We debated on writing some generalizations on driving overseas, but we are going to get more specific. This is mainly because it was so different from place to place. It would be on par with not differentiating the driving between the cities of Los Angeles and Ventura county. Might as well be in different countries. We recommend always doing a little research before driving in a particular country. Whether it is the incredibly enforced speed limits in Morocco, the plethora of toll roads in Portugal, the lawless and wild roads of Vietnam, or the confusing roundabouts of Spain. They all have their own flavor, make sure you can handle it before venturing forth. First off, learn to drive a stick and make sure you are bloody comfortable with it. Jayme, bless her heart, learned while we were over there. On the freeway she could handle a stick shift like a champ. On the streets… it was another animal. She stalled out multiple times in a roundabout, which created a line of angry honking cars. She kept stalling, the line of cars kept building, the honking got louder, and Jayme ended up crawling across the center console to get into the passenger seat rather than to walk around the car and face the music. It was hilarious, for Ryan. He walked around the car and took the wheel, giving an apologetic wave to the confused line of cars as he got in. So, better yet, make sure at least one person is very comfortable driving a stick. On our trip, roads ranged from a difficulty of 4 to an expert level of 20, Ryan definitely took care of the level 20 zones.
Driving in Morocco might have been the easiest in the sense that there was parking in every town we went to. If there isn’t street parking, there are parking lots that require money to park in. Just like everything else in this country, and we mean EVERYTHING, you can haggle. Our rule became offering half of whatever they are asking, you could probably even ask for less. If they don’t say yes, start to drive away and see what happens. 50/50 they will accept the offer. If you don’t look like a local, they will hike their prices like crazy. People will ride their motorcycles up to your car window, ask where you are going, and try and “help” you find your destination. Know that everything is done with the expectation of being paid. EVERYTHING. Sometimes you will be legitimately lost and maybe you need to suck it up and pay someone, but if you don’t, just say no No NO. We were “helped” to our Riad (place we stayed) when we first arrived. Eventually they asked for money. Well… somewhere between asked and demanded. But, honestly, we may have never found our place if we hadn’t paid. In this case it was worth the cost.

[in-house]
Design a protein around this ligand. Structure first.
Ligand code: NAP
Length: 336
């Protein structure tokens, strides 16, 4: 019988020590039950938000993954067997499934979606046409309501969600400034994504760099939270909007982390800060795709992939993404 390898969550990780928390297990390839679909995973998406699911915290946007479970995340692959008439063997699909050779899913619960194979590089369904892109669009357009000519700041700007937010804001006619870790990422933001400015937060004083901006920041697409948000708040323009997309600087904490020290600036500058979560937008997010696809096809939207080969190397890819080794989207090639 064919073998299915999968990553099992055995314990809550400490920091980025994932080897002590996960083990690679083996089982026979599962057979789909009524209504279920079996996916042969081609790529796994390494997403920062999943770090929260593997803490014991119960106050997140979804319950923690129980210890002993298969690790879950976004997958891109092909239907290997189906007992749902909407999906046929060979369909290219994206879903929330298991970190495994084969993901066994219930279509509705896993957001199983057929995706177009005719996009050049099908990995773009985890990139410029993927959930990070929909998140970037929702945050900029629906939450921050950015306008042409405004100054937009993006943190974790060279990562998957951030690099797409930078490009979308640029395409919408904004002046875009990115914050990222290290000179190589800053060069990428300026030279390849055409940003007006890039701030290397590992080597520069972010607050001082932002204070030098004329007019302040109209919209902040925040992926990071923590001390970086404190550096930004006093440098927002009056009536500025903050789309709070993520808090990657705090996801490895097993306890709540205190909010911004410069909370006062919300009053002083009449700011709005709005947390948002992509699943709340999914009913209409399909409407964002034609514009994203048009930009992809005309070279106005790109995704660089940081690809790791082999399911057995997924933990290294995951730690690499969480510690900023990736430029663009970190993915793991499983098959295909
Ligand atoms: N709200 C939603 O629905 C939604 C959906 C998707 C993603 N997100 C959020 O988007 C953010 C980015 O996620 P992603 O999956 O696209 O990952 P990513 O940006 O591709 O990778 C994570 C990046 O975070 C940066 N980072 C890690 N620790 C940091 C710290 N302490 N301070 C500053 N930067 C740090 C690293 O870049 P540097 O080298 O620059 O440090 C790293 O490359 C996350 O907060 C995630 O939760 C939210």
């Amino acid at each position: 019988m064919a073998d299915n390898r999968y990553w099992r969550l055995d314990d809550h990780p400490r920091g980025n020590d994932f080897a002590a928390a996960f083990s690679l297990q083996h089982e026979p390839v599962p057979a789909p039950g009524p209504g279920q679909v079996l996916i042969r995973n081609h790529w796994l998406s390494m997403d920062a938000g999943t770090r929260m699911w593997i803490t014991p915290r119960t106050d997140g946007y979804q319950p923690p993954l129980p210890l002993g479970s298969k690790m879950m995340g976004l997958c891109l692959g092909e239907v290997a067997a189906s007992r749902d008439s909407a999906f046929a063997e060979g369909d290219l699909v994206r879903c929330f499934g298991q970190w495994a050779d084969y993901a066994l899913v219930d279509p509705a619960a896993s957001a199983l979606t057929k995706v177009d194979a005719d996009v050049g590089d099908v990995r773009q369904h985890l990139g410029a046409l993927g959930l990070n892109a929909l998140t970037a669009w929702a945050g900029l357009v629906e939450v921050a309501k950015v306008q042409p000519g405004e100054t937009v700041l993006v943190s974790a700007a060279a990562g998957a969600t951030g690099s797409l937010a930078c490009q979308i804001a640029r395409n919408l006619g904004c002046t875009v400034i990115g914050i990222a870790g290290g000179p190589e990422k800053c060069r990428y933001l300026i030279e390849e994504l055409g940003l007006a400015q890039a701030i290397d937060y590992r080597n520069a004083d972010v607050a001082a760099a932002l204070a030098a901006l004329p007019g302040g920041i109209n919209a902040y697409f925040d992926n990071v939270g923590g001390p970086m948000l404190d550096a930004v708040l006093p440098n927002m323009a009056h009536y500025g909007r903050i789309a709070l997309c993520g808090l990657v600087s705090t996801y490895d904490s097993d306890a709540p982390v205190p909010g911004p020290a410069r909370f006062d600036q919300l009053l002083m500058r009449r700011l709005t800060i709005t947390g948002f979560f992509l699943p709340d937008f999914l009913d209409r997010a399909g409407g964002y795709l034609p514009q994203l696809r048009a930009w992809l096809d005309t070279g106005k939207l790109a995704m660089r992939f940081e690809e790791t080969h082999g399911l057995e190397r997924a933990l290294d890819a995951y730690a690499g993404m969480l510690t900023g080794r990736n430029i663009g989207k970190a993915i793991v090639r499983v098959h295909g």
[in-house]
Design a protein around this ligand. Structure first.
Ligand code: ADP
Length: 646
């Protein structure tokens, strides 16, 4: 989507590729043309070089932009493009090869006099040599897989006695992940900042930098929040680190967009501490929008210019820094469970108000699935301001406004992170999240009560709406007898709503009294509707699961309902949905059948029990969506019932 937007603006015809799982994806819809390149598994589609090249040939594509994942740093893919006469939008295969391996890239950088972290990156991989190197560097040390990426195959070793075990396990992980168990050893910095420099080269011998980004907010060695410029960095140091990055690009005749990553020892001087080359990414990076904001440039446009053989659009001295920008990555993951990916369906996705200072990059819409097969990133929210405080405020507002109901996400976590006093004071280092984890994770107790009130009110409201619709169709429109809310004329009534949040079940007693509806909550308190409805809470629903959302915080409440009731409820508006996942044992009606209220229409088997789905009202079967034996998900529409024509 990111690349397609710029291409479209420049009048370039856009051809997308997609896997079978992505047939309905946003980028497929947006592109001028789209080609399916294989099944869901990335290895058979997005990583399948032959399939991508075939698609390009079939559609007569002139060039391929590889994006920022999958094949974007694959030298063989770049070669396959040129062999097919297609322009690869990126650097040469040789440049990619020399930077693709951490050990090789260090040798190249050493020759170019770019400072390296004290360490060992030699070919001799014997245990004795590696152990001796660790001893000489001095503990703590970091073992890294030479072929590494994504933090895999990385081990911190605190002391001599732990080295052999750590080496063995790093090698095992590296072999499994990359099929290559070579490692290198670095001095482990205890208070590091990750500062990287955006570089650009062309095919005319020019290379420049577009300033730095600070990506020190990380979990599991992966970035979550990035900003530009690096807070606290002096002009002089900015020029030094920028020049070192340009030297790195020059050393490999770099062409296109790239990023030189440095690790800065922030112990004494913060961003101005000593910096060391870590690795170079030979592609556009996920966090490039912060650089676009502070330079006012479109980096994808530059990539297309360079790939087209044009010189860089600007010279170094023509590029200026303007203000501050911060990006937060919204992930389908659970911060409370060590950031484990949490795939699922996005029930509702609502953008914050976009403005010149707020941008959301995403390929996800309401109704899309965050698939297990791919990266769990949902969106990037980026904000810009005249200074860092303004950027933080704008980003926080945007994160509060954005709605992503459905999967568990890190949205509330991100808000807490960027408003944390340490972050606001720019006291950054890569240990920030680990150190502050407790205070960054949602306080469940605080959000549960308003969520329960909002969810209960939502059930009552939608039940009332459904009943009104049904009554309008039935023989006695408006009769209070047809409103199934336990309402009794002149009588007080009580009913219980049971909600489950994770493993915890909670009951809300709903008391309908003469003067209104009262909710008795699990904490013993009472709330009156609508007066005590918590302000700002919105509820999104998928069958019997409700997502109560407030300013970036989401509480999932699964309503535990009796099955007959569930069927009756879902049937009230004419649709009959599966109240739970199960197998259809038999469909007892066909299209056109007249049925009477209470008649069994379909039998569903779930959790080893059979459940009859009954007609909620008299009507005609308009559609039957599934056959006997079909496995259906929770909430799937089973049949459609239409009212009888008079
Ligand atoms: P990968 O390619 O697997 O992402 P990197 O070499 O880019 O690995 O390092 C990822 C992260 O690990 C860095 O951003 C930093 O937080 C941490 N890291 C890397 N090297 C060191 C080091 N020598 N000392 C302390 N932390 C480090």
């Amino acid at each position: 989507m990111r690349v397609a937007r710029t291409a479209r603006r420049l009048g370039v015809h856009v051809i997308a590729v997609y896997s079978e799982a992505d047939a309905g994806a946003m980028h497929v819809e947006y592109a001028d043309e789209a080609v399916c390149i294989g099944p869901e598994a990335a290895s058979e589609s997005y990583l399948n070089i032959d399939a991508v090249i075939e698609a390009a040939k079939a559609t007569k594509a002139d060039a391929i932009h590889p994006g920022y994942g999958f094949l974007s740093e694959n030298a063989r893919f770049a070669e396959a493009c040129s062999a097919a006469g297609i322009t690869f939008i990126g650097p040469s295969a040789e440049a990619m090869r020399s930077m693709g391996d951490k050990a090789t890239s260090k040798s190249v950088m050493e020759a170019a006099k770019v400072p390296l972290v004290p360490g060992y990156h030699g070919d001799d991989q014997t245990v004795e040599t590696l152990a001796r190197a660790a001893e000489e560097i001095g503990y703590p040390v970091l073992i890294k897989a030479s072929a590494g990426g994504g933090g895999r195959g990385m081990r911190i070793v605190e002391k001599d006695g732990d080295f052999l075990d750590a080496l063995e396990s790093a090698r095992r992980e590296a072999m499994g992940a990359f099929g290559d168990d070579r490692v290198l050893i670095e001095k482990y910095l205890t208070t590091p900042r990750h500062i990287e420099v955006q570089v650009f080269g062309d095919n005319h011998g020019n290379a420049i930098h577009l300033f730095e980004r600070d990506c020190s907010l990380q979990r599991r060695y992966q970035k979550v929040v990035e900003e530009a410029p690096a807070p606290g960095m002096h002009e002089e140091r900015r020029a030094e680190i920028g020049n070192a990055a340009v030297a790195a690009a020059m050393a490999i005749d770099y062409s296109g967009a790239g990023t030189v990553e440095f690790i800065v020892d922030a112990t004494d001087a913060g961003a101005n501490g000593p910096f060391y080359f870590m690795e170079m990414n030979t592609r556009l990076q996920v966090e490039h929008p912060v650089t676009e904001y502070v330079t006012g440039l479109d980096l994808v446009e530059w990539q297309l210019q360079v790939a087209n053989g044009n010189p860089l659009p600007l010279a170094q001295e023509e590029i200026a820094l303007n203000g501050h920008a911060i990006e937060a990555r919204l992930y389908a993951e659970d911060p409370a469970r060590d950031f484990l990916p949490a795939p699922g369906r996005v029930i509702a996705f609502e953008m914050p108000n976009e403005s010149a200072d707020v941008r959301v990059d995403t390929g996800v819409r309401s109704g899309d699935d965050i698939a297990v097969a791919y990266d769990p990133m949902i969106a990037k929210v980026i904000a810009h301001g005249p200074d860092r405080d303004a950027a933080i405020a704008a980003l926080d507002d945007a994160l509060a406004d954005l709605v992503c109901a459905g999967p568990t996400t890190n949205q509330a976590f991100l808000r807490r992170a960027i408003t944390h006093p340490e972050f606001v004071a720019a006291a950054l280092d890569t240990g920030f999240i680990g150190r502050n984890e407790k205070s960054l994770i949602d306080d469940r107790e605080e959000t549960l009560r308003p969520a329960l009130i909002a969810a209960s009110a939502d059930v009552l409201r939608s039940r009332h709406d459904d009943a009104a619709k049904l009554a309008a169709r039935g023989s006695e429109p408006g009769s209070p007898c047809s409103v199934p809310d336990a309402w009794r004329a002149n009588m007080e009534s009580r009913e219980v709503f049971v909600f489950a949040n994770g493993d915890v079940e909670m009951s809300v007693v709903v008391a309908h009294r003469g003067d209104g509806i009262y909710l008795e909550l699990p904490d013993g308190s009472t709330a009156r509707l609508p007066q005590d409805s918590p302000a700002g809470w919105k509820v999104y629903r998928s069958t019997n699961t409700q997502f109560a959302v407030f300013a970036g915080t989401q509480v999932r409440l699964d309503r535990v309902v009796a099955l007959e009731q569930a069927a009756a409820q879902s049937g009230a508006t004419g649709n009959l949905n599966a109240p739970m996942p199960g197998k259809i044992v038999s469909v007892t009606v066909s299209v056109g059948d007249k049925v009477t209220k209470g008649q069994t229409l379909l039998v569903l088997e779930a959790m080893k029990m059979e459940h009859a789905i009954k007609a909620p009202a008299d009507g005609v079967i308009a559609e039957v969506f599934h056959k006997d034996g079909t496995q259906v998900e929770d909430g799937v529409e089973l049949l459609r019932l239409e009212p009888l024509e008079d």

Out on the freeways there are speed limit postings everywhere. They are shockingly low. There is hardly any traffic and typically not much on the side of the road to make sense of such low limits. FOLLOW THEM! There are police stops constantly, and they are being radioed from another officer that was up the road. If you are seen driving over the speed limit the cop at the road block will have you pull over. And you will have to pay them cash on the spot or they will take your license. You do get cars driving opposite of you that will flash their high beams to let you know when there are speed traps ahead. AH! We correct ourselves! For that little bit of helpful information, they do not try and charge you. By next year, they may find a way…
We were stopped and asked to pull over during out 6+ hour drive to Merzouga. The man said Ryan was driving 90Kmh in a 60. He required 400 Dirham for the offense. Cash. We did not have the money, legitimately. First, Ryan tried to haggle, thinking that that could be done with everything. Nope. Not the police. He quickly realized that this was not an option. We had 380 Dirham, and that was it. The cop demanded 400. Ryan tried to stress that that was not going to happen, because we could not manifest the extra 20 out of thin air. Ryan was asked to get out of the car and walk to the officer’s vehicle. His partner showed up and showed him the proof of our speeding, which still was not going to allow us to find an extra 20. The newly arrived officer told his partner to let Ryan go, but he was unwilling. He wanted to take his license. It took some pitiful pleading to finally be allowed to leave. Ryan followed the speed limit the rest of the trip.
Know this. Gas stations only take cash. For that matter the entire country only takes cash. Think we were able to use a card three times in Morocco. MAX. So if we had given up that cash we would have been screwed when it came time to fill up. Always carry cash, more than you would think, follow the speed limits, and haggle your ass off. ALWAYS COUNTER WITH HALF! Oh, lastly, you better have navigation. The signs there are all in Arabic, so unless you have an incredible gift with picking up a foreign written language, the street signs will not be helpful to you in the slightest. Oh, and people love jay-walking. And it might be more accurate to call it jay-crawling. People are all over the road, no joke. You have to have your head on a swivel and be very attentive, because there are people constantly walking out into traffic at a turtle’s pace. Adds a level of difficulty I suppose. Perhaps they love the game Frogger.